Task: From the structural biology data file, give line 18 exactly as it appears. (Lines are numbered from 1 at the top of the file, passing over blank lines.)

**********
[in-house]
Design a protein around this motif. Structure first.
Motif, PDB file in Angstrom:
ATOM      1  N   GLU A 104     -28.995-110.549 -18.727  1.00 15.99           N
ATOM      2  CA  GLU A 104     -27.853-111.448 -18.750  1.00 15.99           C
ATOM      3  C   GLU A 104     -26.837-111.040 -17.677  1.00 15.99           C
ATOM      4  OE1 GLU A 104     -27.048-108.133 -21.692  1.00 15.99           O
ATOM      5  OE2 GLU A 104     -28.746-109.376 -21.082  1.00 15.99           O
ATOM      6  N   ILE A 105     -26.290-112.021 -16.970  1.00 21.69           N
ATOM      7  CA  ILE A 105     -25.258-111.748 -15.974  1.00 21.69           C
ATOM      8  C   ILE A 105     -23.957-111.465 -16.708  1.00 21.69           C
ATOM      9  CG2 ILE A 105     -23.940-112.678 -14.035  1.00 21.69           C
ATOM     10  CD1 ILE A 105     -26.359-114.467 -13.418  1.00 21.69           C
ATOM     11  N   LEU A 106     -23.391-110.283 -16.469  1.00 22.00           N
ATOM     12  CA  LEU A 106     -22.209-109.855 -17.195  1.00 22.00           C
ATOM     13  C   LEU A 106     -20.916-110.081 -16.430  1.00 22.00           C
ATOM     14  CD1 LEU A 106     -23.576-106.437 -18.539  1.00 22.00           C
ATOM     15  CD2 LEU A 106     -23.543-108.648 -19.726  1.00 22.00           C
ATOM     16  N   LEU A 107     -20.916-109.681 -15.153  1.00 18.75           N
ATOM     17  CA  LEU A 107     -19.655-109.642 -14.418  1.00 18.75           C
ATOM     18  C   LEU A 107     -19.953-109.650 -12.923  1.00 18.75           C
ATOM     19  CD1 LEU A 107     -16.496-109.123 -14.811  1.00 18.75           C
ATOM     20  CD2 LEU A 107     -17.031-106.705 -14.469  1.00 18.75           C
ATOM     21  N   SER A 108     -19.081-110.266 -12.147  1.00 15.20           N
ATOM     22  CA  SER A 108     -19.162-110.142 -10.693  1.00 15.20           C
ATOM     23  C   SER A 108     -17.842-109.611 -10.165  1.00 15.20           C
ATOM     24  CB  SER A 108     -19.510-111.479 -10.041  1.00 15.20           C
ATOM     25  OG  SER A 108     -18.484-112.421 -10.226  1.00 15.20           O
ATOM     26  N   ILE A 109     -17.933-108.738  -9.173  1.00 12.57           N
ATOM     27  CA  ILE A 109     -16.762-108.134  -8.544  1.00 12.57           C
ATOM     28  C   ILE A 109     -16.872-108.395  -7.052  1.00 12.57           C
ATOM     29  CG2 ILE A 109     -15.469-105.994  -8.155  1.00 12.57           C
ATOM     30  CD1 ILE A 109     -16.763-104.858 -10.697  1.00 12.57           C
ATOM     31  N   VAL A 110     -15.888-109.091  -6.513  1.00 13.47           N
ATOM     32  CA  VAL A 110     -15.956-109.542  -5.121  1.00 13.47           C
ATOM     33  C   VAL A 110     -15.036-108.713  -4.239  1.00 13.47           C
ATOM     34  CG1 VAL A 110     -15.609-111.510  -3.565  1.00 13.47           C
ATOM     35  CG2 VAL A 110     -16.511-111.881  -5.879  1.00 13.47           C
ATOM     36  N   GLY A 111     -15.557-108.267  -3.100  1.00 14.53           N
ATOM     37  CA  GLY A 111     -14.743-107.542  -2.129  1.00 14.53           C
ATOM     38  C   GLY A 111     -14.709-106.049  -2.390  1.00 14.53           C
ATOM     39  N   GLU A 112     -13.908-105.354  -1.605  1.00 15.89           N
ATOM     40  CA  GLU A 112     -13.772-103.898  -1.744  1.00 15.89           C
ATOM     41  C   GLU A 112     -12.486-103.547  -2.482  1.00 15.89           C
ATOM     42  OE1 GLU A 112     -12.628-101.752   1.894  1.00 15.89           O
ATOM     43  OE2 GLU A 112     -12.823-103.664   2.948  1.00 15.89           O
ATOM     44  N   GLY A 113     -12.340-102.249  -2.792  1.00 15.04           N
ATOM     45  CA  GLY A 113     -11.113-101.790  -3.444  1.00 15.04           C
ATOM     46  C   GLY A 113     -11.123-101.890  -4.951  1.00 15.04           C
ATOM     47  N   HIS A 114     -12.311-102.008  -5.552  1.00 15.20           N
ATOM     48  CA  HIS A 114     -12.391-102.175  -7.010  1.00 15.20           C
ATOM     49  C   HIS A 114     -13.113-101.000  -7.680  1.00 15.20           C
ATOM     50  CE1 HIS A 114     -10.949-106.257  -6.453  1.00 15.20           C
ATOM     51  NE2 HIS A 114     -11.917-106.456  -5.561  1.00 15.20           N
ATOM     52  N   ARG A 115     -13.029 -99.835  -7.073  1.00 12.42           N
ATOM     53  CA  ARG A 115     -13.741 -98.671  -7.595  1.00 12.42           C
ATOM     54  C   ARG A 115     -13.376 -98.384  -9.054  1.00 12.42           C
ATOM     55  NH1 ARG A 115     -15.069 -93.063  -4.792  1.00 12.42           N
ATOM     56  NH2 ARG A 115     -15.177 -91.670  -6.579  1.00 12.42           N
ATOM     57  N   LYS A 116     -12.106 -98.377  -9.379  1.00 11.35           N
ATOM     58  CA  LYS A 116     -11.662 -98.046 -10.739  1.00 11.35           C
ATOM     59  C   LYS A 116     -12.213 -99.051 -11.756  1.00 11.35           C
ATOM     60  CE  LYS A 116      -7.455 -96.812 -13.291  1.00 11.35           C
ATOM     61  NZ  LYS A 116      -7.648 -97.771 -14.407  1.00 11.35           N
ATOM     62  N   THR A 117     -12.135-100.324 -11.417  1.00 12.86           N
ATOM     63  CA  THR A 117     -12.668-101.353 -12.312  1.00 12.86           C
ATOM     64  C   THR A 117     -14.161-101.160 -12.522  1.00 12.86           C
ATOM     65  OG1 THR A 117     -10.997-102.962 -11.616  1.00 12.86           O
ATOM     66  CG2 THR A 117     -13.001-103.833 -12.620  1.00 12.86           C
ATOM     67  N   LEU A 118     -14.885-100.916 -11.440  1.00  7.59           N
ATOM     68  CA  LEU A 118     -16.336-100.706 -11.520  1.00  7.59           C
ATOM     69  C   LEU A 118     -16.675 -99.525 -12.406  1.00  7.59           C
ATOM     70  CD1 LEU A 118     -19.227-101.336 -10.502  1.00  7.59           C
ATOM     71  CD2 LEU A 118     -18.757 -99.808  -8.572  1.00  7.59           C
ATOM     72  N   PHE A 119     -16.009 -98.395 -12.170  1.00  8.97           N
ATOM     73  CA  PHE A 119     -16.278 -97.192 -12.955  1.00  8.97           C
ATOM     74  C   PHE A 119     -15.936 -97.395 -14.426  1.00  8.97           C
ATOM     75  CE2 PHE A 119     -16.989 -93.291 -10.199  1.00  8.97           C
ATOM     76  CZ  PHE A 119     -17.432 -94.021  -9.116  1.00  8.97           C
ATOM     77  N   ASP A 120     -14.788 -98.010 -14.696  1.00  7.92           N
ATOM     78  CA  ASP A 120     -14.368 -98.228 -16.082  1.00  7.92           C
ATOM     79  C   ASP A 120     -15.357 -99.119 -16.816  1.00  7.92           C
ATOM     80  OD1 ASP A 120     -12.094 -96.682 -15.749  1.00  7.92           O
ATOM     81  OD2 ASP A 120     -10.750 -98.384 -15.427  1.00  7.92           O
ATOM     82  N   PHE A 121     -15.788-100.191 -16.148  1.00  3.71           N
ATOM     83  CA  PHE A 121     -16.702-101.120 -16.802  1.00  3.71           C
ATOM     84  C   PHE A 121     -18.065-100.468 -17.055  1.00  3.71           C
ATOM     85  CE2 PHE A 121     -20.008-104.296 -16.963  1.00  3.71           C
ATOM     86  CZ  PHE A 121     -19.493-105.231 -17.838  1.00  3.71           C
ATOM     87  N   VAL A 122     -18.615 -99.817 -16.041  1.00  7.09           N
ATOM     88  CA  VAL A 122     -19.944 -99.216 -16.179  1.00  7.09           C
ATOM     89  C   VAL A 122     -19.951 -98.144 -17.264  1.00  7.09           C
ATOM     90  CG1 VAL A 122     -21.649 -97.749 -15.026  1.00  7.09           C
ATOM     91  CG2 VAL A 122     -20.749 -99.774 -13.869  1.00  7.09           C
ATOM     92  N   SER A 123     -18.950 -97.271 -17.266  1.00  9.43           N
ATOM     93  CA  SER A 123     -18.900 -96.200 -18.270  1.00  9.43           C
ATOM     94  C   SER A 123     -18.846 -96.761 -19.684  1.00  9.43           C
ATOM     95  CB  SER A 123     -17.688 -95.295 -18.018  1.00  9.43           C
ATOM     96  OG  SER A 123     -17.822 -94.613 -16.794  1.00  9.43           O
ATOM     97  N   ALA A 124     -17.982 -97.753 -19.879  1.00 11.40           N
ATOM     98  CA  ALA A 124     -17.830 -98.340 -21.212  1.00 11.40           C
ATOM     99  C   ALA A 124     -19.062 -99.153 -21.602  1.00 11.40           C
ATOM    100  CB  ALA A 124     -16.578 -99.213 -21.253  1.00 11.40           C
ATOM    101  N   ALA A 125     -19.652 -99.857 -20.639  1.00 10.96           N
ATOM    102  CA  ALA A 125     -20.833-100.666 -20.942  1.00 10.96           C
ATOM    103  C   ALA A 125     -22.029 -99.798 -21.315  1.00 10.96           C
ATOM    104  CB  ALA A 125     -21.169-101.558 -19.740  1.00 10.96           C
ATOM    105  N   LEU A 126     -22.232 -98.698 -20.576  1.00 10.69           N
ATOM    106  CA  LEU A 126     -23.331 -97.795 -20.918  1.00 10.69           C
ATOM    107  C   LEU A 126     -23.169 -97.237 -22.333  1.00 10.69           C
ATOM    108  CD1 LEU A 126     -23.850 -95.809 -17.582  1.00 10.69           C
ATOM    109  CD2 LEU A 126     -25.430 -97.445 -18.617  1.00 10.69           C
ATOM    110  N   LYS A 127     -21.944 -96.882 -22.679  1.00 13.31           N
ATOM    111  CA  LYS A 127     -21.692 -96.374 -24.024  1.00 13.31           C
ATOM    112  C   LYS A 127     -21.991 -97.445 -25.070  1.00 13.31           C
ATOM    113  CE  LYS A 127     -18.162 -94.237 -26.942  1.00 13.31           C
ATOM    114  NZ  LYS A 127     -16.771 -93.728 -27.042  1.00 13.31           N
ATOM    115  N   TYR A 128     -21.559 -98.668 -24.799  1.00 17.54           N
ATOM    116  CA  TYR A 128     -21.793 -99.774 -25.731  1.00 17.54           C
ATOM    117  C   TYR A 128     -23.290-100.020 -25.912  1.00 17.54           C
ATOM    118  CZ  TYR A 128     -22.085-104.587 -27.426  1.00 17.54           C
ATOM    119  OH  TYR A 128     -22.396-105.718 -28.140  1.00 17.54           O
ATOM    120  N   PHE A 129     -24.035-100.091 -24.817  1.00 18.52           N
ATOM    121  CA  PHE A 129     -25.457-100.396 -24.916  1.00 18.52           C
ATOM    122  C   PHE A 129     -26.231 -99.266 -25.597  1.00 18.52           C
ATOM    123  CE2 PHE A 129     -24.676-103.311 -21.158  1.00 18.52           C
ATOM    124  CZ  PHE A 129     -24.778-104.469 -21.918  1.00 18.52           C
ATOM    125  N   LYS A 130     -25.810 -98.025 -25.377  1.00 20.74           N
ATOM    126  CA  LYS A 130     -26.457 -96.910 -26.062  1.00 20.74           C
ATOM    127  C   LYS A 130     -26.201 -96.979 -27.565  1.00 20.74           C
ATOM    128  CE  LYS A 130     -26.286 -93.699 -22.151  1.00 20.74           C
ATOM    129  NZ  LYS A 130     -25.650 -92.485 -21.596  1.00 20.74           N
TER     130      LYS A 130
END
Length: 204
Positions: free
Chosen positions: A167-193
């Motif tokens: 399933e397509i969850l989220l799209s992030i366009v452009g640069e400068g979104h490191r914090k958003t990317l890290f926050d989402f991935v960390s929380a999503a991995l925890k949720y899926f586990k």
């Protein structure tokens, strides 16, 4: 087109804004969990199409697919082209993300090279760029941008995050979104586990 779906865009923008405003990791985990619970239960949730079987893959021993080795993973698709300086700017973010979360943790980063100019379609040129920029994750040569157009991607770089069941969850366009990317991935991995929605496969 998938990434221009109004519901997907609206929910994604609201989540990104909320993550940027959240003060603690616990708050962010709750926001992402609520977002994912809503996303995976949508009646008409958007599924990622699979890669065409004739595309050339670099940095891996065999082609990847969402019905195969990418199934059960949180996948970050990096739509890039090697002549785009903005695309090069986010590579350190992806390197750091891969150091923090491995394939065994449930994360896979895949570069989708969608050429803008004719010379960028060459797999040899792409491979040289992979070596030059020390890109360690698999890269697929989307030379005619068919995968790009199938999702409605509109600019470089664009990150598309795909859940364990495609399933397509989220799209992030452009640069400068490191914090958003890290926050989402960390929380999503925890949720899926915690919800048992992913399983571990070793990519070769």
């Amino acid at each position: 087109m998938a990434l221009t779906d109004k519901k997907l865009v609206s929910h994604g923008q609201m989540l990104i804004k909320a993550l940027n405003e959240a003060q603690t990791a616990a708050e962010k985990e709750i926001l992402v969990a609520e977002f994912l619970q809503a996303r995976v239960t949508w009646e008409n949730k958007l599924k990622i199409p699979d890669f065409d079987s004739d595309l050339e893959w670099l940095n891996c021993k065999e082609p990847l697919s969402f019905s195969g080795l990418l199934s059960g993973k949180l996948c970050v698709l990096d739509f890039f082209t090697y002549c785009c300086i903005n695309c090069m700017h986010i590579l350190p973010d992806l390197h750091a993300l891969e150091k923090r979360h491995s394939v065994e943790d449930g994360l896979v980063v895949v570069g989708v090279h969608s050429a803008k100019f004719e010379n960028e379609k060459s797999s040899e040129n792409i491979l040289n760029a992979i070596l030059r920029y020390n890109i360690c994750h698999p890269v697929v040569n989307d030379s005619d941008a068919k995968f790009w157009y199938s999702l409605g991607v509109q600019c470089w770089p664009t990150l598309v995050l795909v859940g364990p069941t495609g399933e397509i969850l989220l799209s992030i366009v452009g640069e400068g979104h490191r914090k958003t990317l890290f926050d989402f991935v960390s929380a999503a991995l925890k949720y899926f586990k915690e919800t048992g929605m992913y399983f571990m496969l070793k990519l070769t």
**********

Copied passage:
ATOM     15  CD2 LEU A 106     -23.543-108.648 -19.726  1.00 22.00           C